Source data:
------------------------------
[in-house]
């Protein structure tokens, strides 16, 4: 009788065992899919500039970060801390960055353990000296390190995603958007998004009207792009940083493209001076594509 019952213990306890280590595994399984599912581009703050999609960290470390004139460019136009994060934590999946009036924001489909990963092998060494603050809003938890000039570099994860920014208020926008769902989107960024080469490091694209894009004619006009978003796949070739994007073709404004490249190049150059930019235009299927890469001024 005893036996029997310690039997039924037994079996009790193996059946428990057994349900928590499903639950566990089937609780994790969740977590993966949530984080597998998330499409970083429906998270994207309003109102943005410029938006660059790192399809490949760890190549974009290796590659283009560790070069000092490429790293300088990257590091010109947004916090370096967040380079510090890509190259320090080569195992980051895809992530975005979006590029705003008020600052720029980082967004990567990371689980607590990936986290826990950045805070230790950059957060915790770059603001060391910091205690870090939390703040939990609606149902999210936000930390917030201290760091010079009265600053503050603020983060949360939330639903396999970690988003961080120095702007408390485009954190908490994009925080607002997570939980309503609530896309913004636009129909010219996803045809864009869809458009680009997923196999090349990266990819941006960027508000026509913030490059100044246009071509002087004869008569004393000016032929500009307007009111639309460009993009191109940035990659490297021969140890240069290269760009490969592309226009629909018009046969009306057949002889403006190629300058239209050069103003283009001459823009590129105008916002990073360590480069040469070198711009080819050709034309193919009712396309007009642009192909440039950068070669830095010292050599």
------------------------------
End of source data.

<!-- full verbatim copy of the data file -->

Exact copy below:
[in-house]
């Protein structure tokens, strides 16, 4: 009788065992899919500039970060801390960055353990000296390190995603958007998004009207792009940083493209001076594509 019952213990306890280590595994399984599912581009703050999609960290470390004139460019136009994060934590999946009036924001489909990963092998060494603050809003938890000039570099994860920014208020926008769902989107960024080469490091694209894009004619006009978003796949070739994007073709404004490249190049150059930019235009299927890469001024 005893036996029997310690039997039924037994079996009790193996059946428990057994349900928590499903639950566990089937609780994790969740977590993966949530984080597998998330499409970083429906998270994207309003109102943005410029938006660059790192399809490949760890190549974009290796590659283009560790070069000092490429790293300088990257590091010109947004916090370096967040380079510090890509190259320090080569195992980051895809992530975005979006590029705003008020600052720029980082967004990567990371689980607590990936986290826990950045805070230790950059957060915790770059603001060391910091205690870090939390703040939990609606149902999210936000930390917030201290760091010079009265600053503050603020983060949360939330639903396999970690988003961080120095702007408390485009954190908490994009925080607002997570939980309503609530896309913004636009129909010219996803045809864009869809458009680009997923196999090349990266990819941006960027508000026509913030490059100044246009071509002087004869008569004393000016032929500009307007009111639309460009993009191109940035990659490297021969140890240069290269760009490969592309226009629909018009046969009306057949002889403006190629300058239209050069103003283009001459823009590129105008916002990073360590480069040469070198711009080819050709034309193919009712396309007009642009192909440039950068070669830095010292050599």